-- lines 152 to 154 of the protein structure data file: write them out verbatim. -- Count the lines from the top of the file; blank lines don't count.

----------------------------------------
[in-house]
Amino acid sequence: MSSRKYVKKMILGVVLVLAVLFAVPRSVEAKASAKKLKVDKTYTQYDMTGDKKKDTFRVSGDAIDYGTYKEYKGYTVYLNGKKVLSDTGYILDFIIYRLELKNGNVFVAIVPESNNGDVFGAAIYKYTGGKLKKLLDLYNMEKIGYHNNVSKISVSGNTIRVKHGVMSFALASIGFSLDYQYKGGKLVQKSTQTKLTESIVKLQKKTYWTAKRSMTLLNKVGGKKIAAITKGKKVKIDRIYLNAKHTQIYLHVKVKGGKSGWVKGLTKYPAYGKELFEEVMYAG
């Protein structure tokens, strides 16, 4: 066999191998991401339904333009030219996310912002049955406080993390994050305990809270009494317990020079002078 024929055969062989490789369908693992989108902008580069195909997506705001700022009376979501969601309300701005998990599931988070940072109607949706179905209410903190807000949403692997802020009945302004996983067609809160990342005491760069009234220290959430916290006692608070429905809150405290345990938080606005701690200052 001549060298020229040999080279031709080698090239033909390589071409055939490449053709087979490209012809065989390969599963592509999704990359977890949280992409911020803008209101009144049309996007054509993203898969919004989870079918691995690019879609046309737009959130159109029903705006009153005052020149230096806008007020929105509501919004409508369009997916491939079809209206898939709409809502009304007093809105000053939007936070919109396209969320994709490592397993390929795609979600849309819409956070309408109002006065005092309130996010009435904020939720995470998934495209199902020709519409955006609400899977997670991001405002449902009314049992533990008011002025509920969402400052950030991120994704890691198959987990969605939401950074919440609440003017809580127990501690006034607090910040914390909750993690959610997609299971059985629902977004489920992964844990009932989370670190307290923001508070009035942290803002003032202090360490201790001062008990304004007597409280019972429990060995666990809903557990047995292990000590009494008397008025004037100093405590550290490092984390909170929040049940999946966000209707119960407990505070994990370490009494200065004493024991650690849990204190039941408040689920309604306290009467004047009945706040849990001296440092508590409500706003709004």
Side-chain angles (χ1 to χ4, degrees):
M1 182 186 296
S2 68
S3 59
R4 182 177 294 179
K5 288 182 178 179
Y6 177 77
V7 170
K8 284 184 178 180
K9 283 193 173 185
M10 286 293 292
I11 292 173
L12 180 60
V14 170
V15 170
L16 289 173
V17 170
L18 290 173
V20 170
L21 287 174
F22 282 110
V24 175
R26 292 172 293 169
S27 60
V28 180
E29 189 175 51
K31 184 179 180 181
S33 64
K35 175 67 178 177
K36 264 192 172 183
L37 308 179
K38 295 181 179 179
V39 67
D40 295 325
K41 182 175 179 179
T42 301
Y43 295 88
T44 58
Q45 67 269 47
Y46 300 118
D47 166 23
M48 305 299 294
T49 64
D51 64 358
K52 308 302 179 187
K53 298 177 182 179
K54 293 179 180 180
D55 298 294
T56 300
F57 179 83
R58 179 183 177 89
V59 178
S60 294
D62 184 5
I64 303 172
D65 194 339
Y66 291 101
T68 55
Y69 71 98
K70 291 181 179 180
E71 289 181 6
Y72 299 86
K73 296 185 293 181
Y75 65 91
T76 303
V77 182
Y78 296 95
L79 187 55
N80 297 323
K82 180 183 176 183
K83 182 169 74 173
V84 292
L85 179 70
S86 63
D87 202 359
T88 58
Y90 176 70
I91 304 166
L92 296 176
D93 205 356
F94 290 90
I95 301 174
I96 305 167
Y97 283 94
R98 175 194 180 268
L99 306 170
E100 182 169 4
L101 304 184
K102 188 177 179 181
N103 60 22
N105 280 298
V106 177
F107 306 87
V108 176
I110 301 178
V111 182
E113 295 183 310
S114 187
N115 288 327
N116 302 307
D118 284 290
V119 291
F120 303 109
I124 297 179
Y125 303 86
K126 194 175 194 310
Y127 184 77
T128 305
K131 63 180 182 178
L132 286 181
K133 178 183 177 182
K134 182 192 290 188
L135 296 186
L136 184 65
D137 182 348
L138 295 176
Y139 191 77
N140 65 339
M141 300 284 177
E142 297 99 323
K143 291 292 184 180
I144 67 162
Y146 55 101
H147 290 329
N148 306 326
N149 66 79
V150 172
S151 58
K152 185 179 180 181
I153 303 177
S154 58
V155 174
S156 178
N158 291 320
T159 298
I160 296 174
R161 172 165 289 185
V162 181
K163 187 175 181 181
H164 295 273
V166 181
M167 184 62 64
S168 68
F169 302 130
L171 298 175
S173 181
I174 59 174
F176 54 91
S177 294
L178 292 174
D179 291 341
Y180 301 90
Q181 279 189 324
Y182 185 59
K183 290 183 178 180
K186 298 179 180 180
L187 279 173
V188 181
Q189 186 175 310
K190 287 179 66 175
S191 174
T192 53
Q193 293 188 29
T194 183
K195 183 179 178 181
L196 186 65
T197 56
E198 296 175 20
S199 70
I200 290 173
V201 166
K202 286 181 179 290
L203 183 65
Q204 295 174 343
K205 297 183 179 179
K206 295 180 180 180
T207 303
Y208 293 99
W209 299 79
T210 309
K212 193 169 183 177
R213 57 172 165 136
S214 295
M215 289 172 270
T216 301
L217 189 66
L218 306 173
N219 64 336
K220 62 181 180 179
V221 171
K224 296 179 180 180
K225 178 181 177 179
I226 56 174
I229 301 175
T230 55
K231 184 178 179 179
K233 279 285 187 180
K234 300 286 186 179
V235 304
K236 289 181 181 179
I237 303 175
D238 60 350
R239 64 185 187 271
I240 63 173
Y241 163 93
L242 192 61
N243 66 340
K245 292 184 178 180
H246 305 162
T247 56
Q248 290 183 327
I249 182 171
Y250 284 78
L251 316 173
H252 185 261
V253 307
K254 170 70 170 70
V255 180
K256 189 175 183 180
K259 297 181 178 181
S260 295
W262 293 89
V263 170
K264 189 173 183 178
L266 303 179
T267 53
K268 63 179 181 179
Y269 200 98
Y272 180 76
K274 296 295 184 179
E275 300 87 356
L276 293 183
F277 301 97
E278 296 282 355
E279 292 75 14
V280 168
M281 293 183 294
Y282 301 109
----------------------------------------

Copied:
S177 294
L178 292 174
D179 291 341